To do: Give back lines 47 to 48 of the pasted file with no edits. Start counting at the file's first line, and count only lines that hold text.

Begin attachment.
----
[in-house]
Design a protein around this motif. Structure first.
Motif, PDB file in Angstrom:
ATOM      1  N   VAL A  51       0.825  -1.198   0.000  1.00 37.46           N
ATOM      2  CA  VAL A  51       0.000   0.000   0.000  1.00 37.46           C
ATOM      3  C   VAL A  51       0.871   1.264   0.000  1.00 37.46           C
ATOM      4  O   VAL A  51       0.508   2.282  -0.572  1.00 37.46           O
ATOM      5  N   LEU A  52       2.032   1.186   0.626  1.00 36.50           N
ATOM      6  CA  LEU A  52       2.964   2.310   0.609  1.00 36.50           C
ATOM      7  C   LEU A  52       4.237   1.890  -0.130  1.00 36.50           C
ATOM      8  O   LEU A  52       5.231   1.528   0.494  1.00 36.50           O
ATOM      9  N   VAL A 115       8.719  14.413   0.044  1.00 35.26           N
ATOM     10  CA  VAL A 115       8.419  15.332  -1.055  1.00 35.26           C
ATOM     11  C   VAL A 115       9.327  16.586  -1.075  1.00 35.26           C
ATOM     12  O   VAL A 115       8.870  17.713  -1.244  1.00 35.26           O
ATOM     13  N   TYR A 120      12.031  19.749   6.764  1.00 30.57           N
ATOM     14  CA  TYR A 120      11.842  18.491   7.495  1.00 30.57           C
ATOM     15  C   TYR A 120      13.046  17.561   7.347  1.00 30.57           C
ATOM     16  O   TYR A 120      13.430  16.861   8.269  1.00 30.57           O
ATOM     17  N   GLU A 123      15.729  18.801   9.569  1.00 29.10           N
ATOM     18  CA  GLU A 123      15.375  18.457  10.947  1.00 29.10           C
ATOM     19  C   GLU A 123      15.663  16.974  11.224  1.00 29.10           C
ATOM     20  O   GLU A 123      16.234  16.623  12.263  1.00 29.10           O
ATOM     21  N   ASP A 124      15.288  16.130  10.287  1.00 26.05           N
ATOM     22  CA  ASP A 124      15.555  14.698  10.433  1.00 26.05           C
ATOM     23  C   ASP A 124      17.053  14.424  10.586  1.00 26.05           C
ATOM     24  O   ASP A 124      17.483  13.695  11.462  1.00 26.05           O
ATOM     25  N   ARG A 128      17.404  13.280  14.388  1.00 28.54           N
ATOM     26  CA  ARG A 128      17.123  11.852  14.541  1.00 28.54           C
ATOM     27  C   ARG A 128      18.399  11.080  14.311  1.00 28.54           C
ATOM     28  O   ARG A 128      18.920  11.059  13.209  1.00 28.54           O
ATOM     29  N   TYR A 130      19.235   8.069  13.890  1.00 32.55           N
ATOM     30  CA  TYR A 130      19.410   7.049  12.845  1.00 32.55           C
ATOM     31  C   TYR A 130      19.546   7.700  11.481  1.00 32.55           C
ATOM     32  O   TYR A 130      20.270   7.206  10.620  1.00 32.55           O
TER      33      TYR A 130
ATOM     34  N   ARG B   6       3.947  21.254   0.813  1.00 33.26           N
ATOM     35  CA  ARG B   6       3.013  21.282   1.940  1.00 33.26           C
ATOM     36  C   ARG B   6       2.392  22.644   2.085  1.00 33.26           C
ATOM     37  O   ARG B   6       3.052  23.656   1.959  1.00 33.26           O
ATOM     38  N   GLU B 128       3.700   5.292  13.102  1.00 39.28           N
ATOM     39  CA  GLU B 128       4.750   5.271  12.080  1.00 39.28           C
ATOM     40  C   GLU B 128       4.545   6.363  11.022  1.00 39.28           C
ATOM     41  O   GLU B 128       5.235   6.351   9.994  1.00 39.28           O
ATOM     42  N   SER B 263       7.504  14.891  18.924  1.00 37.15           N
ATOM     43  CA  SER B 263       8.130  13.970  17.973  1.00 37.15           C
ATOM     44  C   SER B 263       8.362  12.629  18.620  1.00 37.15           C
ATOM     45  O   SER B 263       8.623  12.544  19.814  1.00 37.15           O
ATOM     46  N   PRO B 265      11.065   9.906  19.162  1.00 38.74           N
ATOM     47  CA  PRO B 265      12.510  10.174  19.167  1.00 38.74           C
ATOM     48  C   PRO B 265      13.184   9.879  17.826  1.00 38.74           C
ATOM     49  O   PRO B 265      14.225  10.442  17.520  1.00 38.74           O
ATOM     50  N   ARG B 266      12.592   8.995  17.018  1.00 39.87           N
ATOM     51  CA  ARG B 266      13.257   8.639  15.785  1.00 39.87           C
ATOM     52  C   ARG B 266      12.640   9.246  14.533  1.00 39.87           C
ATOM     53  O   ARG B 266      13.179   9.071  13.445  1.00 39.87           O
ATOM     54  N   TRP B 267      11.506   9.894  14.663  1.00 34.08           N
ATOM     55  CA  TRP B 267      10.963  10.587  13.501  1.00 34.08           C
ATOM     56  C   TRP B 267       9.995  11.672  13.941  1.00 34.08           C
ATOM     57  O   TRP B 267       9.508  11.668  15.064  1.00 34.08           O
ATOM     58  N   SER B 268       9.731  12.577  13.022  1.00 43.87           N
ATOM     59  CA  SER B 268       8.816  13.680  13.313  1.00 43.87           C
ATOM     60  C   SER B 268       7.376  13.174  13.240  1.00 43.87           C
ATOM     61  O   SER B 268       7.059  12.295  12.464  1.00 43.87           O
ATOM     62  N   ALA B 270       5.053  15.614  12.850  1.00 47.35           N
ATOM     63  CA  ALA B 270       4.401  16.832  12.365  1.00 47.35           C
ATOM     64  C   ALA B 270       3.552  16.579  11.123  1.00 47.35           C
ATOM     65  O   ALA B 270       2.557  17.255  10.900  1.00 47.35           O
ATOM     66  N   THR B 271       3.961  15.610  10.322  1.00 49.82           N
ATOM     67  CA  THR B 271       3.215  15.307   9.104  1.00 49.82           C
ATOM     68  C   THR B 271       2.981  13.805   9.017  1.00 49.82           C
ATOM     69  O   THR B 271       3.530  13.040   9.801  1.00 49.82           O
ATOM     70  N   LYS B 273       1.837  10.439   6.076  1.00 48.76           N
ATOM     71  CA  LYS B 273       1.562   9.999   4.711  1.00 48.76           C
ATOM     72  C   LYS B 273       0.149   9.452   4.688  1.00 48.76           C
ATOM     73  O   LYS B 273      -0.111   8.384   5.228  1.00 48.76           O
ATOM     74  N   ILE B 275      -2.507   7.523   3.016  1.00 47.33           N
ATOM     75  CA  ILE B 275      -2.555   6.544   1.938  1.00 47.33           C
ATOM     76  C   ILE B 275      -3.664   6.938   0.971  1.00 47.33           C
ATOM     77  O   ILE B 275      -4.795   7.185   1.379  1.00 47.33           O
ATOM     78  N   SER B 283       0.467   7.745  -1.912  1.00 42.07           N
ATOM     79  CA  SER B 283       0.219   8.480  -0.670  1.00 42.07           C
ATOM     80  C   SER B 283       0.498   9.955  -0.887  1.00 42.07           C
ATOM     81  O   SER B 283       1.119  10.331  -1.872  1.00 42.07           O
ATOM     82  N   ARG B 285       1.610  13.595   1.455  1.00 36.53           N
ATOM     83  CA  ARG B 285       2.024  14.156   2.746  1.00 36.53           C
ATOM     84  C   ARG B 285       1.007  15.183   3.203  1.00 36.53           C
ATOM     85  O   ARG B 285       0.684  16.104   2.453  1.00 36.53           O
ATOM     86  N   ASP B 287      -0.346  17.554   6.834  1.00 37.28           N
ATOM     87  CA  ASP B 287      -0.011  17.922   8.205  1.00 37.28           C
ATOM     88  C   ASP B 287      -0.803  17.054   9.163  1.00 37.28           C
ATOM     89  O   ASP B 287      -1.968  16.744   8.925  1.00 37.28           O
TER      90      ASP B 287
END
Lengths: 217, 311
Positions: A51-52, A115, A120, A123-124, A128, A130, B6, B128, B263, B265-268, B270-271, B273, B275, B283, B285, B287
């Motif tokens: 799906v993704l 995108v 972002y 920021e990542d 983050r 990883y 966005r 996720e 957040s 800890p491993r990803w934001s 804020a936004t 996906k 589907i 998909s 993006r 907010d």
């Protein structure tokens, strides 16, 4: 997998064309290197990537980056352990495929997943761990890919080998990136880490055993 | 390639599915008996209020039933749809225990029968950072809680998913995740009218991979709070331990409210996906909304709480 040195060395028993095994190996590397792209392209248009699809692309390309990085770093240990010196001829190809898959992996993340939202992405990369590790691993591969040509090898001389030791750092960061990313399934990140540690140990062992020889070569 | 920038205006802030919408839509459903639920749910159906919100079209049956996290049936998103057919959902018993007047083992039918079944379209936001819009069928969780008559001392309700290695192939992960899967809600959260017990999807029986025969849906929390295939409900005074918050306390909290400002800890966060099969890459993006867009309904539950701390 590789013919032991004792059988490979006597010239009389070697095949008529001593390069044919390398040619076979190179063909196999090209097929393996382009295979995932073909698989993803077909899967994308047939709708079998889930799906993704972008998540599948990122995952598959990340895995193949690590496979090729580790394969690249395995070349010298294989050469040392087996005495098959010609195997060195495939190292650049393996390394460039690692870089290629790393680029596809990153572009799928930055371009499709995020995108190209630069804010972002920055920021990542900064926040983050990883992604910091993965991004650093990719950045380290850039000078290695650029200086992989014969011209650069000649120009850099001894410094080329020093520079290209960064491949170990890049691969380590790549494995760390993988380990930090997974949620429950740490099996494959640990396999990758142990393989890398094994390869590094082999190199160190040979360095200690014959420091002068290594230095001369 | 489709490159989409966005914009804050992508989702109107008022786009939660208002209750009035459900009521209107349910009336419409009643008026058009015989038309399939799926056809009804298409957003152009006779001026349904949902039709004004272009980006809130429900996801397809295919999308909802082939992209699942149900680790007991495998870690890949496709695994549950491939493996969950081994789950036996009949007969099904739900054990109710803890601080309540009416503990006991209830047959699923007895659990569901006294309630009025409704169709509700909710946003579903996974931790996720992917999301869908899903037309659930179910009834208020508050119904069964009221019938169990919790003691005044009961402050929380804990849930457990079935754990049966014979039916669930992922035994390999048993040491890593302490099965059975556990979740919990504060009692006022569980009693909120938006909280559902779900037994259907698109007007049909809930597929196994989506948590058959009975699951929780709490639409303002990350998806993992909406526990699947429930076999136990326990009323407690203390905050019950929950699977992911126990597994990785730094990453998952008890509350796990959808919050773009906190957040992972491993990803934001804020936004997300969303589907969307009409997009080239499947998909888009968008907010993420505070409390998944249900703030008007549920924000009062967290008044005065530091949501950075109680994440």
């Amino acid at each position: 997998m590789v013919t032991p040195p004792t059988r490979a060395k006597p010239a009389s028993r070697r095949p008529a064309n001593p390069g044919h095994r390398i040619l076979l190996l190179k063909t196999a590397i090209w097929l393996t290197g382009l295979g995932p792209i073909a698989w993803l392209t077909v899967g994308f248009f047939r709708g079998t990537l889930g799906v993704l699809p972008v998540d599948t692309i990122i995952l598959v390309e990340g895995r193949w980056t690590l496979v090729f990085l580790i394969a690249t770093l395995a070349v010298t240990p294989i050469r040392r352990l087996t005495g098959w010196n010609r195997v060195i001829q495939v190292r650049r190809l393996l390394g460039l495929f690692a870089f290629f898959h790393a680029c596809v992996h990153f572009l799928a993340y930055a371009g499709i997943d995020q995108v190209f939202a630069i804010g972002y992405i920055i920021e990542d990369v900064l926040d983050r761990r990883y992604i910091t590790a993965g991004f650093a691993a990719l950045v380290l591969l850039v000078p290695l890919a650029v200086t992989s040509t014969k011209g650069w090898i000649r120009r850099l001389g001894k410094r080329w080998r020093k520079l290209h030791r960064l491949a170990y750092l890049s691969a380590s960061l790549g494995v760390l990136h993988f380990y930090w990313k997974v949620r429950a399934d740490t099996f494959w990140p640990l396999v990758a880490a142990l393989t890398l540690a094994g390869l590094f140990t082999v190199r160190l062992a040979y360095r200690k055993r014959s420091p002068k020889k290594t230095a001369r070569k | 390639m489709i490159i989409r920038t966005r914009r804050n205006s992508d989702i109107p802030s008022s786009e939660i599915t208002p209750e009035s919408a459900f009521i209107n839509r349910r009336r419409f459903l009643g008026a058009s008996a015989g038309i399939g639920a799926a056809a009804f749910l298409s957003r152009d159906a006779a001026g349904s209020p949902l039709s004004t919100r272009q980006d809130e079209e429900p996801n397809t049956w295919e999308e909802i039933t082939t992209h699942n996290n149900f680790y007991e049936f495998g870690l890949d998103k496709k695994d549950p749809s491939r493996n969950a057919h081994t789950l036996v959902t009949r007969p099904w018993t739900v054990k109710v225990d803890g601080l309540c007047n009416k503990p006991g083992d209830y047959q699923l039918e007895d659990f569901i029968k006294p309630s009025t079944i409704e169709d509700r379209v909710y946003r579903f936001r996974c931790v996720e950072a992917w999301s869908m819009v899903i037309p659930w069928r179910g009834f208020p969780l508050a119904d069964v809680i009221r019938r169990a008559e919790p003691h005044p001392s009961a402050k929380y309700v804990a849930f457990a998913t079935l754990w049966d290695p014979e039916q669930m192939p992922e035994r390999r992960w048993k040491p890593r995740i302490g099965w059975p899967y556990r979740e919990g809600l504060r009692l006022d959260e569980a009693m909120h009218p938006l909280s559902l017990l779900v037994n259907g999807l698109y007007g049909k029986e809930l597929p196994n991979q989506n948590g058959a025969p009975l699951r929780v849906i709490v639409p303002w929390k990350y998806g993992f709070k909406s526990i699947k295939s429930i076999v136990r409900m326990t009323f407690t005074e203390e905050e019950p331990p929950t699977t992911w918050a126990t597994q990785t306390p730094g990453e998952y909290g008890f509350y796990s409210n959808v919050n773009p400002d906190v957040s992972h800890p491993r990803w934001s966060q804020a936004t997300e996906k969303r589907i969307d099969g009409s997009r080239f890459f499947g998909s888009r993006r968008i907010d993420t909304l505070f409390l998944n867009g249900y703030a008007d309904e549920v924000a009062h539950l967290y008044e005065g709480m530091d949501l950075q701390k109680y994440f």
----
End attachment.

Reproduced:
ATOM     44  C   SER B 263       8.362  12.629  18.620  1.00 37.15           C
ATOM     45  O   SER B 263       8.623  12.544  19.814  1.00 37.15           O